A more recent development is CEG’s EQ in Bristol, where the 205,000 sq ft scheme includes circa 20,000 sq ft of amenity-related space. Completing in Q4 2023, the scheme has already received strong demand, highlighted by Evelyn Partners’ 27,406 sq ft recent pre-let. Notably, EQ’s top ﬂoor is set to push Bristol’s prime headline rent up to £45.00 per sq ft.
WIDENING THE GAP BETWEEN BEST AND REST
Despite a likely continuation of sluggish economic conditions in 2024, focused demand on a limited supply of prime buildings is expected to drive continuing rental growth over the medium term. Regional prime headline rents are forecast to increase by a further 5.1% per annum to 2026, in comparison with only 1.3% per annum on MSCI’s equivalent average, further accelerating the polarisation between the best and the rest across the regional markets.
Expectations of continuing growth are largely driven by the prime schemes in the pipeline that are expected to complete in the next two years. Most notably, Manchester, Birmingham and Bristol all have prime space completing over the next two years. This includes No 1 St Micheal’s (186,000 sq ft) and The Alberton (220,000sq ft) in Manchester, The Drum (200,000 sq ft) in Birmingham and The Welcome Building (206,000 sq ft) in Bristol.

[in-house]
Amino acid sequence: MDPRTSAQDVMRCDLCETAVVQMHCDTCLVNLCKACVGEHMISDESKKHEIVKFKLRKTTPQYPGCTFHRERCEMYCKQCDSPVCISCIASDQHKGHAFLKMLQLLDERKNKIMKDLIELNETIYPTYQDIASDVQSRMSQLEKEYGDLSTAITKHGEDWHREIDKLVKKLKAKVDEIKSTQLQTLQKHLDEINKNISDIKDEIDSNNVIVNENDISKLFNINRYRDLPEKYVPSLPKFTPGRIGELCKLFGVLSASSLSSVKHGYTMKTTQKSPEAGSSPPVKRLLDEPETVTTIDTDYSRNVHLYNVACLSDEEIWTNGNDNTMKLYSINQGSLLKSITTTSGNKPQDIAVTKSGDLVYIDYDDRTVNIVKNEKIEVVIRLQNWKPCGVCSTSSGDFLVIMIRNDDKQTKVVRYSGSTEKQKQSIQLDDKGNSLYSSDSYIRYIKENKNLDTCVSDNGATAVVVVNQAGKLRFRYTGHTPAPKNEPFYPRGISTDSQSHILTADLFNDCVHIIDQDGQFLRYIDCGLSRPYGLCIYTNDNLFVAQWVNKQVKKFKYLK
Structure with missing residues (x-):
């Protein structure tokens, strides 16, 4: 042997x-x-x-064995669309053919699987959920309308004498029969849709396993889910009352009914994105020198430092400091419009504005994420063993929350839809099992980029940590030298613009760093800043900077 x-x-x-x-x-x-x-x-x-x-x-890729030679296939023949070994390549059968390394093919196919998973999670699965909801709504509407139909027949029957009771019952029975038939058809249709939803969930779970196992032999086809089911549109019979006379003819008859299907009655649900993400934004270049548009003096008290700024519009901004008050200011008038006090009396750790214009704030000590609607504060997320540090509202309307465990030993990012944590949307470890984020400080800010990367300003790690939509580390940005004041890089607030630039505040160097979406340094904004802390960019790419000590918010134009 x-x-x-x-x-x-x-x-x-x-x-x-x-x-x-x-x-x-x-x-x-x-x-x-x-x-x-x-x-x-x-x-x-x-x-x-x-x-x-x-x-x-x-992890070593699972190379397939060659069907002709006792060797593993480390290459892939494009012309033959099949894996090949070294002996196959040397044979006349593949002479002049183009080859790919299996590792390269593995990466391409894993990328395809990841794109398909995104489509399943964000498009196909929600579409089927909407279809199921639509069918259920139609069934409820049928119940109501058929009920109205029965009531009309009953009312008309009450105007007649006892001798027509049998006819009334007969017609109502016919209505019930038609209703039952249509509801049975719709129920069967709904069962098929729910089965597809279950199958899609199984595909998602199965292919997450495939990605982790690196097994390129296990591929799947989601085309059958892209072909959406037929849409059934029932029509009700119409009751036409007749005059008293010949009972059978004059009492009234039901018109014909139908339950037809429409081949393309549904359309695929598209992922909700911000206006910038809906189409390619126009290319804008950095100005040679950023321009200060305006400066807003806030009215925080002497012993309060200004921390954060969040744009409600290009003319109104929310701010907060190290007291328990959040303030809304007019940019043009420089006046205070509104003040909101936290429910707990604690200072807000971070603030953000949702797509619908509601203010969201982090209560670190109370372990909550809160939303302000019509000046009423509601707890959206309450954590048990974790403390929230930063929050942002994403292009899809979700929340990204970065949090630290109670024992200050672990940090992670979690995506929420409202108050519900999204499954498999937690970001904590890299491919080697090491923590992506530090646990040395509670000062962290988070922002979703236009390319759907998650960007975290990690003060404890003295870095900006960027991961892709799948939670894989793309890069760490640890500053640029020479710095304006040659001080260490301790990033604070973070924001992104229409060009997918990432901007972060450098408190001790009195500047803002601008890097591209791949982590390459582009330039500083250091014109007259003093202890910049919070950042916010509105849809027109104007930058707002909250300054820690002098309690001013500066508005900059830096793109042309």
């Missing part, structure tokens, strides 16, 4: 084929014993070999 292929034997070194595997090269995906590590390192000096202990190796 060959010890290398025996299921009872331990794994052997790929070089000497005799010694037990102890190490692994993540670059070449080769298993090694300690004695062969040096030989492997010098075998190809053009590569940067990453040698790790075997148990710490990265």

While the ofﬁce sector has gone through a painful period of pricing adjustment, occupiers’ increased focus on quality in the wake of the pandemic is generating a wave of opportunity across the UK’s regional ofﬁce markets.
Clear evidence that occupiers are willing to pay a premium to secure the very best space is crucial towards ensuring viability as the market moves into a new cycle. To date, the core regional cities have understandably blazed a trail, reﬂecting critical mass in those markets and investors’ perceptions of lower risk that comes with it. However, in time, the trend is sure to ripple out more substantively to other key regional markets, driving rents to a level that can enable a new tranche of development to come forward.
ONE CENTENARY WAY, PARADISE, BIRMINGHAM
NO 1 ST MICHAEL'S, MANCHESTER
12 KING STREET, LEEDS